Welcome to October! Today must be Poll Day, as media groups try to determine the lay of the land ahead of the first debate on Wednesday. The new Washington Post/ABC News poll put the national race in a virtual tie at 49/47 for Barack Obama, and so does the new Politico/GWU Battleground Poll. In both cases, the national results look more or less like stasis, except the Battleground poll shows a little movement for Romney among independents — and a slight slackening of Democratic enthusiasm:
A new POLITICO/George Washington University Battleground Poll of likely voters shows President Barack Obama ahead 49 percent to 47 percent, a point closer than a week ago and still within the margin of error.
Romney now leads by 4 points among independents, up slightly from a week ago. The Republican must overperform with that group to make up for the near monolithic support of African-Americans for Obama, as well as the huge Democratic advantage among Latinos and women.
I’m not sure that’s true, although it could be. Obama won independents by eight on his way to a seven-point overall victory in 2008, and arguably the turnout among those minority groups was historic in support of Obama. Unless they’re planning to turn out in even bigger numbers this time around, Obama can’t afford to lose independents.
Speaking of turnout …
Democratic intensity has slipped slightly to 75 percent. A week before last, still in the afterglow of their convention, 81 percent of Democrats called themselves “extremely likely” to vote. Republican enthusiasm, meanwhile, held steady around 80 percent.
The Democratic strategy has clearly been a base-turnout model, which requires a lot of enthusiasm among the party faithful. If that has begun to slack off, Democrats can’t afford to lose independents to Romney unless they can suppress Republican and independent turnout. That’s what they’ve tried to do with their Romney-just-might-be-a-felon! campaign this summer, but so far it doesn’t appear to be succeeding.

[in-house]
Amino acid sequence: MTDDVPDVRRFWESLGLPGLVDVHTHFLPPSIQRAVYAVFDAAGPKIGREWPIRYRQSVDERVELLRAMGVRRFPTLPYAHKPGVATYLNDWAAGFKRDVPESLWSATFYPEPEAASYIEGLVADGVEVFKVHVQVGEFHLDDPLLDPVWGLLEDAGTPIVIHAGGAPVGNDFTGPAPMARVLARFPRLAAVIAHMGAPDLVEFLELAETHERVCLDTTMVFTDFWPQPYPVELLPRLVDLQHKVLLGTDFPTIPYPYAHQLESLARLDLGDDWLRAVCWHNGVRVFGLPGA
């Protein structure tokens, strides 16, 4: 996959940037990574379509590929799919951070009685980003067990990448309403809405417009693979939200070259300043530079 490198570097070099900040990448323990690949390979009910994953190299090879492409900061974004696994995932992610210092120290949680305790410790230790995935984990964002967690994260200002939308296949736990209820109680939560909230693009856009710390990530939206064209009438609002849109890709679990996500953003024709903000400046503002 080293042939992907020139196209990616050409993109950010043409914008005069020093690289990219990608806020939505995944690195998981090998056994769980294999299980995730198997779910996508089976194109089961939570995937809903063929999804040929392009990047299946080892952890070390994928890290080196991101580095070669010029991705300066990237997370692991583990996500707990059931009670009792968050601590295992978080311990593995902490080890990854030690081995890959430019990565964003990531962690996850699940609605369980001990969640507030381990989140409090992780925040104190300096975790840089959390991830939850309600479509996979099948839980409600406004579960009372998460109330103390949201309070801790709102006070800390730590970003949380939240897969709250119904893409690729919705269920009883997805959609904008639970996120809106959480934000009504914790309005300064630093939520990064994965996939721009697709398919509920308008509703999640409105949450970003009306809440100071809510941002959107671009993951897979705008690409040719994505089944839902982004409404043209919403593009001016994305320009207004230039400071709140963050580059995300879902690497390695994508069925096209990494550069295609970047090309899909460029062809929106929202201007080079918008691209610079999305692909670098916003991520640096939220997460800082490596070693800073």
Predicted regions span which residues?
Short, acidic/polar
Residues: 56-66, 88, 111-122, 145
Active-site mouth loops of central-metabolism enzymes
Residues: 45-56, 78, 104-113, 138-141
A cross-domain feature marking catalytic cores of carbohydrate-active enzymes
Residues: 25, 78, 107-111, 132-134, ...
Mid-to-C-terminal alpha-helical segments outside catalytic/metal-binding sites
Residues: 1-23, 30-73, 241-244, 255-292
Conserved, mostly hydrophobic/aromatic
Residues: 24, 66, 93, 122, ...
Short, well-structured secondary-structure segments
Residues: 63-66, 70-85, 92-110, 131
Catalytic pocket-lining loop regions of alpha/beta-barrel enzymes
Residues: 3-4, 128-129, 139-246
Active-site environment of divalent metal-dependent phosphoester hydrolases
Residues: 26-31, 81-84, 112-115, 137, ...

There isn’t any sampling data for the Battleground poll, but the topline result of a virtual tie seems to be right in line with reality. In lieu of sample analysis, I’ll leave readers with these thoughts from Jim Geraghty:
Now, when we see small shifts of one or two points week to week, we shouldn’t make that big a deal out of it, whether the news is good or bad. But when Obama is ahead by 2 in these two, ahead by 2 in Rasmussen’s tracking poll, and up 5 in Gallup’s tracking poll… the idea that Obama has a small but consistent lead seems increasingly plausible, with he in the high 40s and Romney in the mid 40s. A tough climb ahead for Romney, but not an insurmountable one, since the remaining undecideds are unlikely to hold many more votes for the incumbent.
One of the factors that is striking about recent polling is the intense divide on perceptions of how the country is doing. In the Battleground poll: “Among all likely voters, 56 percent say the country is on the wrong track. This number has fallen because 72 percent of Democrats and 73 percent of African-Americans now say the country is on the right track. Yet two in three independents still think the country’s on the wrong track.”
The term “faith-based initiative” comes to mind.
Nothing changes until at least after this week’s debate, and it might take all three to break one candidate out from the other.